Over the years, the college basketball ranks have had coaches come and go, they have had some stay and dominate, and some who just couldn't make it.
They have also had those select coaches, who year after year get the job done. Who never miss a beat. They recruit hard, practice well, and show it on the court.
The college basketball game isn't an easy one to stay in, ask any coach who has been there. From the fans, to the administration, it's not easy to stay on the good side of the faithful of your team.
The college game has so many good coaches, but when I think about the best, the absolute smartest, toughest, best coaches in the country, these are the five that come to my mind.
Maybe a top five isn't enough, because there are far more than just five very good coaches in America, but it's fun to do it this way.
Tom Izzo has became the face of Michigan State basketball over the years, and Spartan fans have grown to be just fine with that.
Arriving at Michigan State as an assistant in 1979, Izzo showed right away he had what it took to be a coach on the next level.
Izzo would serve under Michigan State head coach Jud Heathcote, Izzo was a key to helping the head man in recruiting, and play calling. Izzo was an assistant from 1979 to 1995.
Heathcote would retire, and recommend Izzo to be the head coach for the Spartans the following year.
The rest is history.
Since becoming the head man at Michigan State Izzo had compiled a 336-137 record. He has won over 20 games tem times, and 30 games three times. He has 14 post season appearances, 2 NIT, 12 NCAA. He has made it to the Sweet 16 eight times. The Elite 8 six times. The Final Four five times, and the 1999-2000 national championship. He also led the Spartans to a 31-7 record this past season, and a national runner-up finish.
Over his time at Michigan State Izzo has won so many big games, recruited great kids, and been a role model for people all over the college basketball world. It's hard not to have this man on this list.
Izzo will continue his great success as Michigan State, so look forward to keeping him around Spartan fans.
One of my all time favorite coaches, Tubby Smith, whether you agree or don't agree, deserves to be on here.
From his time at Georgia, his great years at Kentucky, and now at Minnesota, Tubby Smith has took on his doubters year in and year out. They say he can't recruit, he can't coach, he can't win big games.
Well for those who think that, you're wrong.
At Tulsa Smith went 79-43 in four years. He took Tulsa to the NCAA tournament in his final two years there, both went to the Sweet 16. Since then, I haven't even saw Tulsa in the tournament. I could be wrong, but if so, they haven't been back to the Sweet 16.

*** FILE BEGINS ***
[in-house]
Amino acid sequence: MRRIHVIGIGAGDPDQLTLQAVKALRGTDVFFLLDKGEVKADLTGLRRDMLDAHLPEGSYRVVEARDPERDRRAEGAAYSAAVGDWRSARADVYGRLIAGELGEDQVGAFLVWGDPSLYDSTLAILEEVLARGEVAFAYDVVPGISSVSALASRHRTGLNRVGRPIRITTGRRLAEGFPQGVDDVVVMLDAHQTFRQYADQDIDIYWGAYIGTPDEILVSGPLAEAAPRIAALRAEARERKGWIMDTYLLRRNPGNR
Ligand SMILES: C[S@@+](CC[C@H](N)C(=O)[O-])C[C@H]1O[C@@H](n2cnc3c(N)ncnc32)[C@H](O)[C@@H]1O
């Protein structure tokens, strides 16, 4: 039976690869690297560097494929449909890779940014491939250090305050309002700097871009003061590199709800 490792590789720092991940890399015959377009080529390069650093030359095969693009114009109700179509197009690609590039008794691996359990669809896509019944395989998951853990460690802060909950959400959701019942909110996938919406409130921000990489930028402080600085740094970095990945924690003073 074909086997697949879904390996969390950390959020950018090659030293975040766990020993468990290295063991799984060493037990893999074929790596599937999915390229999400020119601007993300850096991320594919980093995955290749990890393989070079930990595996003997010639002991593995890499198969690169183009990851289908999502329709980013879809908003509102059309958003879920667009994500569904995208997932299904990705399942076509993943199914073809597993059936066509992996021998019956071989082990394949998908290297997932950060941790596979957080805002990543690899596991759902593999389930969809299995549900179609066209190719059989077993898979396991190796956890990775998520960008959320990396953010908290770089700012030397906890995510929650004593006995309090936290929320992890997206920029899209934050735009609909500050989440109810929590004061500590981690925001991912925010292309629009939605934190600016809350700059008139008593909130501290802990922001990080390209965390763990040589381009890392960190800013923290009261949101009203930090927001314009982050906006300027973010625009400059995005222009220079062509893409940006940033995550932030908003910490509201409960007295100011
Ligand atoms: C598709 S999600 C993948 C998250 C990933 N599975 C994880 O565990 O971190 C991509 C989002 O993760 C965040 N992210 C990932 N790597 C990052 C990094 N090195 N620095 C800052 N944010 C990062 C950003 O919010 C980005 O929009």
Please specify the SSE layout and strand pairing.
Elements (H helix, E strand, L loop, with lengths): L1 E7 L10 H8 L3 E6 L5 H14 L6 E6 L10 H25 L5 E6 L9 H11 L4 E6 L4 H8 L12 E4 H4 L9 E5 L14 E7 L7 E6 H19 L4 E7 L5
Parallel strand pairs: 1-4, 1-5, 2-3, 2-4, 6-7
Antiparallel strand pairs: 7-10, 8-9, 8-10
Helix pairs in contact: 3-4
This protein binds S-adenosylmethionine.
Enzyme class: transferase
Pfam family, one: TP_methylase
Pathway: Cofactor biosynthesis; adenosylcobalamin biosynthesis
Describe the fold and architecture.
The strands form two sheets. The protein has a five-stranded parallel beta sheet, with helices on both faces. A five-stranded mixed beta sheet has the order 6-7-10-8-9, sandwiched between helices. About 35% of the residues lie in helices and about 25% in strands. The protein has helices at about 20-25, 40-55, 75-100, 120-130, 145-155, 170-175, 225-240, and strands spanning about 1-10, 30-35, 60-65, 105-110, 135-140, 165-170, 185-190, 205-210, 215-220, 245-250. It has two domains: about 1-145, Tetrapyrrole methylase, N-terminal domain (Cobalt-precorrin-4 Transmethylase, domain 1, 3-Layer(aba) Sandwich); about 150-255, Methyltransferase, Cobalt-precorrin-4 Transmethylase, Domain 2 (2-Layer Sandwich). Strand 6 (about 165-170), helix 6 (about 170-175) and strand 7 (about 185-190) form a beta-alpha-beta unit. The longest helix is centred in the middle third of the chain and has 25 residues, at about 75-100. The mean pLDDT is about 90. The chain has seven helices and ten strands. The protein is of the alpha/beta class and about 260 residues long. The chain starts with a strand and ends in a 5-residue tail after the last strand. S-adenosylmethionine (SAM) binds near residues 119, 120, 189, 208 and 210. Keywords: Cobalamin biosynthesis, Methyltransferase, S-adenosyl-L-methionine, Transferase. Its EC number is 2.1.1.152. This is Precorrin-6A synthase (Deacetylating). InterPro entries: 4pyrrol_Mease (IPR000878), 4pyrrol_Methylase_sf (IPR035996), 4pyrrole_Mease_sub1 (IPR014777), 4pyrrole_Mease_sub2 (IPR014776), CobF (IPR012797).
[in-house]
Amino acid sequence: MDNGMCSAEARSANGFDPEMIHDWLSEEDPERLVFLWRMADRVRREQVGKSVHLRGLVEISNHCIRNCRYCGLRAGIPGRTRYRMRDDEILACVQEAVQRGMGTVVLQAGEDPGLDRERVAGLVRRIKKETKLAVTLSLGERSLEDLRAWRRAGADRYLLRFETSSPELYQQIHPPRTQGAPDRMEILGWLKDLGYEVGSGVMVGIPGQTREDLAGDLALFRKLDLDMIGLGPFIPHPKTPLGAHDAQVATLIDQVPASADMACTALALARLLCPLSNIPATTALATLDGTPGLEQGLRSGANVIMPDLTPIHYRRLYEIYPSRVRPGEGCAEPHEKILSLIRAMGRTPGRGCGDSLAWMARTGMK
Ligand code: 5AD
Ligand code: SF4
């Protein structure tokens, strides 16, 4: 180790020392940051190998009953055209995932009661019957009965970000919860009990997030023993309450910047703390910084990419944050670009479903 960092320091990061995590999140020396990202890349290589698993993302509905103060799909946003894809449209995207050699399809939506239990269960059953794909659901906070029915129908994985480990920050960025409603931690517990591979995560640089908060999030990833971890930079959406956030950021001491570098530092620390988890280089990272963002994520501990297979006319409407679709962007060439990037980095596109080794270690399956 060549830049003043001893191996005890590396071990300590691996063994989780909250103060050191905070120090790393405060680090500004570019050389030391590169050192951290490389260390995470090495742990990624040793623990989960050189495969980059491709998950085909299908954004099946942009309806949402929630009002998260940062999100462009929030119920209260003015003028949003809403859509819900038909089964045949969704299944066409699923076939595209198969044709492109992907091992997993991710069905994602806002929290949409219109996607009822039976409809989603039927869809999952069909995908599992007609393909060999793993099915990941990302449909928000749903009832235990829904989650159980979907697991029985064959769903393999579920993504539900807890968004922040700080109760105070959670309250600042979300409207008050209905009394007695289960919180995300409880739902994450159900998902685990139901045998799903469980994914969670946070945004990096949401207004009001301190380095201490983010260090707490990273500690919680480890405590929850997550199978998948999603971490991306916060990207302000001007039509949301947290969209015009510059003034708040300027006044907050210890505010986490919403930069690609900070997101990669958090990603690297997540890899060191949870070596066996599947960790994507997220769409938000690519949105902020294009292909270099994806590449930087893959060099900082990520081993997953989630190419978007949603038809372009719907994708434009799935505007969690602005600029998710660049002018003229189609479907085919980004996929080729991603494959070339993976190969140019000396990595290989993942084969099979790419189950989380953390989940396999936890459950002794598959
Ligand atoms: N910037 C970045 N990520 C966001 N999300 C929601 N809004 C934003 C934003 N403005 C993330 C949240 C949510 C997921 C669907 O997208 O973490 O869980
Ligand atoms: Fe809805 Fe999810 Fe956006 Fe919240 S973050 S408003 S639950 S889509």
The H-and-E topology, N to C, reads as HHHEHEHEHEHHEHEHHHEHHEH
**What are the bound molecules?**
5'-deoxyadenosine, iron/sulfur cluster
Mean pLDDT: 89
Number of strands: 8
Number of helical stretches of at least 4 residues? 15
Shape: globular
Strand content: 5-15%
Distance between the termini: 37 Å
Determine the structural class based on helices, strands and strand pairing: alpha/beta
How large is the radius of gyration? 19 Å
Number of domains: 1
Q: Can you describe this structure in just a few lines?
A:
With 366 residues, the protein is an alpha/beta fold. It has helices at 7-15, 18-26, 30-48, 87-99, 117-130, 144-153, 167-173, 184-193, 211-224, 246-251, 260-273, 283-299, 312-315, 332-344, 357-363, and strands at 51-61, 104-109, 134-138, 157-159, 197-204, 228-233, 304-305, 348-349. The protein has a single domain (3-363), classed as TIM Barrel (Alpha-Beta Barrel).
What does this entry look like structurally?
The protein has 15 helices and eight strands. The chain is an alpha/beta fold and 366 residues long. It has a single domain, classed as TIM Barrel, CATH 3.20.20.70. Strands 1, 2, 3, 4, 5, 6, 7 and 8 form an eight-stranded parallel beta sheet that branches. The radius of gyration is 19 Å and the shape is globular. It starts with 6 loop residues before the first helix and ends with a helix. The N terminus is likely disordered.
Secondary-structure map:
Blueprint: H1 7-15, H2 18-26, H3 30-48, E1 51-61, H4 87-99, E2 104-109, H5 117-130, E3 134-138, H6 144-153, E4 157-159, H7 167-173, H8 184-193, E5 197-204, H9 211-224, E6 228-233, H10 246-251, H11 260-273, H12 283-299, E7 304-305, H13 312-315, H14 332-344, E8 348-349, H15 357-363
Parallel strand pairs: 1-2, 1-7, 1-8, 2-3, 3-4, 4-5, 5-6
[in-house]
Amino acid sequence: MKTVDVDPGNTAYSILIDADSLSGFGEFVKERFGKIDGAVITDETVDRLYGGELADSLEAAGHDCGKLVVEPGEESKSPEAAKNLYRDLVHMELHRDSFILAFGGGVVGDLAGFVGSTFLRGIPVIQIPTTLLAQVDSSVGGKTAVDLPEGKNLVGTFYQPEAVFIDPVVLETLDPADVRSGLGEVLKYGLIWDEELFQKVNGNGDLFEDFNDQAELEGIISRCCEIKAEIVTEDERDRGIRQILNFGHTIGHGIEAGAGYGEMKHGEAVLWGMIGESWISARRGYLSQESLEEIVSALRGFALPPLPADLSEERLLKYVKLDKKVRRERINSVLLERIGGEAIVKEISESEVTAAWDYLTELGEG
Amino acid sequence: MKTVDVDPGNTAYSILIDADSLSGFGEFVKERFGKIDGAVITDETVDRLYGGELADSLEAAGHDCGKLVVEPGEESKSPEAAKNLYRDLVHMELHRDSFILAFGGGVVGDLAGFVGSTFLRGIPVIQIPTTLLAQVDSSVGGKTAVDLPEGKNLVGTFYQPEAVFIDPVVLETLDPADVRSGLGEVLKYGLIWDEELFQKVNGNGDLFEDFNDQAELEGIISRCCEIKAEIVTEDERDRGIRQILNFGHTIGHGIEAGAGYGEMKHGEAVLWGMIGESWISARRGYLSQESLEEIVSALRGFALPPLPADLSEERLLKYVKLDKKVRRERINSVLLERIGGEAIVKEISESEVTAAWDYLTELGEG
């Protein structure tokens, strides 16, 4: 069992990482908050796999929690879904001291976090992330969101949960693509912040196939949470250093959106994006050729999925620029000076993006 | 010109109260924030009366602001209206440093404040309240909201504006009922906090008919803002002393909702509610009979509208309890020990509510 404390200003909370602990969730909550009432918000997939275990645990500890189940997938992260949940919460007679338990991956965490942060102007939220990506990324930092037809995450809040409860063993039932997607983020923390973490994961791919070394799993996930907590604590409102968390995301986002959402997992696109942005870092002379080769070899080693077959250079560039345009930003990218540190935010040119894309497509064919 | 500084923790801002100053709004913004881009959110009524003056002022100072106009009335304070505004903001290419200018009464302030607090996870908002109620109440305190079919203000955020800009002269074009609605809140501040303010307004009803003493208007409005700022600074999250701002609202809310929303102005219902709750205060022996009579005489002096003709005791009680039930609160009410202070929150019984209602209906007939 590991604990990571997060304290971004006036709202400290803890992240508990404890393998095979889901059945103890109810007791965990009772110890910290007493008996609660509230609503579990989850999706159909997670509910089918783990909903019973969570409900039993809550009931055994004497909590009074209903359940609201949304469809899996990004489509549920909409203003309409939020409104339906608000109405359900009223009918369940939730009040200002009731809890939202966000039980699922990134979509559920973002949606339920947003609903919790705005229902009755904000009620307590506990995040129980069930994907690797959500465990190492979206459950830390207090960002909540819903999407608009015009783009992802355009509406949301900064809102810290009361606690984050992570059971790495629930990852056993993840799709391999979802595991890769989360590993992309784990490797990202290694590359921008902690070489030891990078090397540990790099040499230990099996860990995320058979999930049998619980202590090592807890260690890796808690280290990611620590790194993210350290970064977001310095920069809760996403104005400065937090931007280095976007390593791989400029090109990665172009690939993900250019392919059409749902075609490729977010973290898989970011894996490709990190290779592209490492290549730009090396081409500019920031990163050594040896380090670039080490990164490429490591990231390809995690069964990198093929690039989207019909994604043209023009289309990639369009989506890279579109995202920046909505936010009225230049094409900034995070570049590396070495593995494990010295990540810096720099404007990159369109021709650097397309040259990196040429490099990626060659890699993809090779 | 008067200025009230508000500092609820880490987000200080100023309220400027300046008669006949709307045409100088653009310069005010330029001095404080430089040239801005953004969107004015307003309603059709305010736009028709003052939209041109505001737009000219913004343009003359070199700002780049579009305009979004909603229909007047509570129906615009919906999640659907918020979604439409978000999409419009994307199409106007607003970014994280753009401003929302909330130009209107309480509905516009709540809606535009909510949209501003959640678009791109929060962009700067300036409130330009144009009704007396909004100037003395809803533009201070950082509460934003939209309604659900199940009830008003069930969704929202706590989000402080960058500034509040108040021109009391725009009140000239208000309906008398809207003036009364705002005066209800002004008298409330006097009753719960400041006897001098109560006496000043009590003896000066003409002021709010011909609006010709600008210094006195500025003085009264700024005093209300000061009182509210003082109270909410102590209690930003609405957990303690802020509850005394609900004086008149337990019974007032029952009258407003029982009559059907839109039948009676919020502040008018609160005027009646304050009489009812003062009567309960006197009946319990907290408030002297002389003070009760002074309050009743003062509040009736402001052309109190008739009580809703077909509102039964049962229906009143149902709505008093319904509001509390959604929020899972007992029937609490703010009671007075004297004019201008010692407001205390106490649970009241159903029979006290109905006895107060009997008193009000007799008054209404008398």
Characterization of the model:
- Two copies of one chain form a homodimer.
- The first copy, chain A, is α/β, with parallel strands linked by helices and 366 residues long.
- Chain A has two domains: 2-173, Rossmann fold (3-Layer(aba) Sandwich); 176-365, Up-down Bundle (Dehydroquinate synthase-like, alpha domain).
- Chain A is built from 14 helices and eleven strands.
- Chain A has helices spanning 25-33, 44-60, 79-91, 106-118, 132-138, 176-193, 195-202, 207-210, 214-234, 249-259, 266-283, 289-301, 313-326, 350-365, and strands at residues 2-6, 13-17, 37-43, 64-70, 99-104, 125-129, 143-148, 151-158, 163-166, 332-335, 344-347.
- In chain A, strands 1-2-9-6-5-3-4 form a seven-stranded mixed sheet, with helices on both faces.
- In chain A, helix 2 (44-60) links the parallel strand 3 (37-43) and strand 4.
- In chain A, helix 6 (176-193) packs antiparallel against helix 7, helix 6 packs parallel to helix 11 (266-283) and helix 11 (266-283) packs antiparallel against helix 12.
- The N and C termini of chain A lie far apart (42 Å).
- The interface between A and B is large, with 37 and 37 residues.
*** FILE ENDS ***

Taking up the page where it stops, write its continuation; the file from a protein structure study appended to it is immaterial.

At Georgia he went 45-19 in two seasons, taking the Bulldogs to the Sweet 16 in his first season there.
His glory days were just around the corner, at the University of Kentucky.
As the Wildcats head man Smith posted a 263-83 record. He won 20 or more games in all 10 of his seasons, and 30 or more twice. He had six Sweet 16 appearances, he went to the Elite Eight four times, a Final Four appearance, and the 1997-1998 national title.
During his years at Kentucky, especially the last two, he was nothing but bashed from the UK faithful. He couldn't recruit, win, and his coaching style didn't fir the Kentucky standards.
Smith was also talked about "not being able to win with his own players" after his lone national title with what many say, "Pitino's players". Smith was under to much heat at Kentucky, and finally got out.
Now at Minnesota, Smith is turning the Golden Gopher program back around. In his first two seasons he is 42-25, with back to back post season appearances, and 20 win seasons.
Smith has a solid recruiting class coming in for 2009-2010, ranked in the top 25 or many recruiting websites, and the Gophers should be contending to win the Big 10 again this upcoming year.
Like him, dislike him, believe he can't recruit, the stats for this man don't lie. 429 wins, 16 20-win seasons, and many good recruits, this man is a top coach in the country.
It's hard to have a top coaches in college basketball list and not have this man on there.
Whether you love him or hate him, I prefer to dislike him, he has to be on here.
Calipari got his feet wet coming straight out of playing college ball. He became an assistant at Kansas under Ted Owens and Larry Brown from 1982-1985. After his time as a Jayhawk assistant, he moved on to help the Pittsburgh Panthers from 1985-1988.